I had a 10 year old boy in my class last year who was both developmentally delayed and emotionally disturbed. He was prone to aggression, oppositional behavior, and verbal abuse, thus making him very difficult to work with at times. He did respond well to reward systems, but had a hard time trusting individuals.
The speech/language pathologist was struggling with this child because he would refuse to work with her. She became frustrated and asked if I would implement some speech/language curriculum into my classroom for him. Although, this is certainly not my duty, I agreed because I wanted to help the child, and I empathized with the speech pathologist's frustration.
I created the following scavenger hunt:
1. Create a list of words or pictures (depending on the student's interest and maturity level) that will promote correct pronunciation. For example, when working on the "p" sound I had a list with popcorn, puppy, pig, pink marker, pillow, etc.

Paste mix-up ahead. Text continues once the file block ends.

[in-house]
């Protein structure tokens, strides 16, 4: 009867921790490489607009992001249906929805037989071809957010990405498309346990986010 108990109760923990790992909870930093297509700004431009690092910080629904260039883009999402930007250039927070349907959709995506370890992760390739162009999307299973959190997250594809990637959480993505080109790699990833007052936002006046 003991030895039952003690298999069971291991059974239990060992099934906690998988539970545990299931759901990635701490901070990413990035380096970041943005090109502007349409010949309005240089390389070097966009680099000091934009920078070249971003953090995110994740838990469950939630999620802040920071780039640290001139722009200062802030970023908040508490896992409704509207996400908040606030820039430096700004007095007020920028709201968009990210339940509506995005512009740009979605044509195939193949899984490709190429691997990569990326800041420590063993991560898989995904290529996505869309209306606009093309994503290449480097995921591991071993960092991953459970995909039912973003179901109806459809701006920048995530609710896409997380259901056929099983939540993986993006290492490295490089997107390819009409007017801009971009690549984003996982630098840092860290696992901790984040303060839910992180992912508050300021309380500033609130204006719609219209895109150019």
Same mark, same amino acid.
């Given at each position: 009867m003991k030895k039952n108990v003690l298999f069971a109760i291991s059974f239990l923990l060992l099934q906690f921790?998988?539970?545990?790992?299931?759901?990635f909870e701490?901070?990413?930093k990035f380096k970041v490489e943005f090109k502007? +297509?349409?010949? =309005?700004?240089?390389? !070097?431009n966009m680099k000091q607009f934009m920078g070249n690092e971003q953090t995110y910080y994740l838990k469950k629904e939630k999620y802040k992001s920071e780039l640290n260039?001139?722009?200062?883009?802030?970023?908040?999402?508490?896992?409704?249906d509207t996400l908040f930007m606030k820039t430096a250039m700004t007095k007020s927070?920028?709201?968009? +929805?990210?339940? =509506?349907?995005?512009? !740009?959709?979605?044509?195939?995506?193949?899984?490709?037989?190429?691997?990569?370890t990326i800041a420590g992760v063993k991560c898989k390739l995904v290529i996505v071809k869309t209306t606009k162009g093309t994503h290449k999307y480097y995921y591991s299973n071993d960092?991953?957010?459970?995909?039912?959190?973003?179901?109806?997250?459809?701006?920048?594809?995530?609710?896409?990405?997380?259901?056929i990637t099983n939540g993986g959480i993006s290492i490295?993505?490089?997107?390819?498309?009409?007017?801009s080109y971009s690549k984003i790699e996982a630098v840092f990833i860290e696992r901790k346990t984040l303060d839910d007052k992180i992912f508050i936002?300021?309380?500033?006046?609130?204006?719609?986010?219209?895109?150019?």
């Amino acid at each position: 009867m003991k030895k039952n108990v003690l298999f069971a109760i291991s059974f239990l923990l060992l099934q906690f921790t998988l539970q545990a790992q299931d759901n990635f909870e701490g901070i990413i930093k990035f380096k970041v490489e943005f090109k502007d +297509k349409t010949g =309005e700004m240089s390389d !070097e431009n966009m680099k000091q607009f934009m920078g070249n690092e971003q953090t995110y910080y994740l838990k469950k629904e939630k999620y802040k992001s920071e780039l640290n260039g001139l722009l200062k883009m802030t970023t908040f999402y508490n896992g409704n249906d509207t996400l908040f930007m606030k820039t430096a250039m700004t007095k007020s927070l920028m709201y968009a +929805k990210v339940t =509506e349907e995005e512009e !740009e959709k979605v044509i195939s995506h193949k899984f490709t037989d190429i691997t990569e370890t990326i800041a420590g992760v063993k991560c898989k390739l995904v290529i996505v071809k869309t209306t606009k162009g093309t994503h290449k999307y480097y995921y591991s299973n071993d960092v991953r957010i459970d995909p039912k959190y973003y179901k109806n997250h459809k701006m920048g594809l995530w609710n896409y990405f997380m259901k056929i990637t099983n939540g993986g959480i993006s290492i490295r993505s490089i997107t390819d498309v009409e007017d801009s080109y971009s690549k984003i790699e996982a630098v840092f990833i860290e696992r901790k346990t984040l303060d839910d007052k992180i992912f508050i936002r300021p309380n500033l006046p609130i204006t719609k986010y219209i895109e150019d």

2. Next to each picture or word is the name or picture of a person who works at the school. The student must go to each of these people, ask for the item, pronouncing it correctly, and they are presented with a reward by the person. You have to speak with the participants ahead of time. for example, this child had a picture of popcorn next to the cook's picture. He goes into the kitchen, asks appropriately, "Mrs. Smith, do you have any popcorn" She doesn't grant him the popcorn until he has asked appropriately and done his best with pronunciation. For something like "puppy" I would have a xeroxed picture of a puppy on the sheet and the color print as the reward, etc.
This exercise is great for students with special needs who need to work on social skills in addition to speech. He really enjoyed it and it helped him in meeting his speech/language IEP goal that year!!!